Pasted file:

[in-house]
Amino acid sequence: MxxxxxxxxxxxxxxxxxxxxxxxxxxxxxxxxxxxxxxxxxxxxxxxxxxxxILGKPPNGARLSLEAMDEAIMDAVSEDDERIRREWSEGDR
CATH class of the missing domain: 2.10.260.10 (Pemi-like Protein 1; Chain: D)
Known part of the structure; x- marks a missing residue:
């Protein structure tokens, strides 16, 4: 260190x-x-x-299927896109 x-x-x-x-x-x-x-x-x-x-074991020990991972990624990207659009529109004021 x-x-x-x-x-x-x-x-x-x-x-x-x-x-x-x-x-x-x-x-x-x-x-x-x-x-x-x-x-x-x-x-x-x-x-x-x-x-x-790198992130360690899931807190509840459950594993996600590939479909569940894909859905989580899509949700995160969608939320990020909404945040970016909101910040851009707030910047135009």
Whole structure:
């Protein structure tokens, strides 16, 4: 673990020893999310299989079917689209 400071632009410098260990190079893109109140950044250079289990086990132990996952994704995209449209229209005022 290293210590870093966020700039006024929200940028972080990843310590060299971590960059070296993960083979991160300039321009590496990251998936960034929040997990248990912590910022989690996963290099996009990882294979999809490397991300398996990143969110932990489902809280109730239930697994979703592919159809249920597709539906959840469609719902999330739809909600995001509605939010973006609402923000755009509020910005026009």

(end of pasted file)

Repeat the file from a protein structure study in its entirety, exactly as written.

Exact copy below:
[in-house]
Amino acid sequence: MxxxxxxxxxxxxxxxxxxxxxxxxxxxxxxxxxxxxxxxxxxxxxxxxxxxxILGKPPNGARLSLEAMDEAIMDAVSEDDERIRREWSEGDR
CATH class of the missing domain: 2.10.260.10 (Pemi-like Protein 1; Chain: D)
Known part of the structure; x- marks a missing residue:
């Protein structure tokens, strides 16, 4: 260190x-x-x-299927896109 x-x-x-x-x-x-x-x-x-x-074991020990991972990624990207659009529109004021 x-x-x-x-x-x-x-x-x-x-x-x-x-x-x-x-x-x-x-x-x-x-x-x-x-x-x-x-x-x-x-x-x-x-x-x-x-x-x-790198992130360690899931807190509840459950594993996600590939479909569940894909859905989580899509949700995160969608939320990020909404945040970016909101910040851009707030910047135009």
Whole structure:
């Protein structure tokens, strides 16, 4: 673990020893999310299989079917689209 400071632009410098260990190079893109109140950044250079289990086990132990996952994704995209449209229209005022 290293210590870093966020700039006024929200940028972080990843310590060299971590960059070296993960083979991160300039321009590496990251998936960034929040997990248990912590910022989690996963290099996009990882294979999809490397991300398996990143969110932990489902809280109730239930697994979703592919159809249920597709539906959840469609719902999330739809909600995001509605939010973006609402923000755009509020910005026009």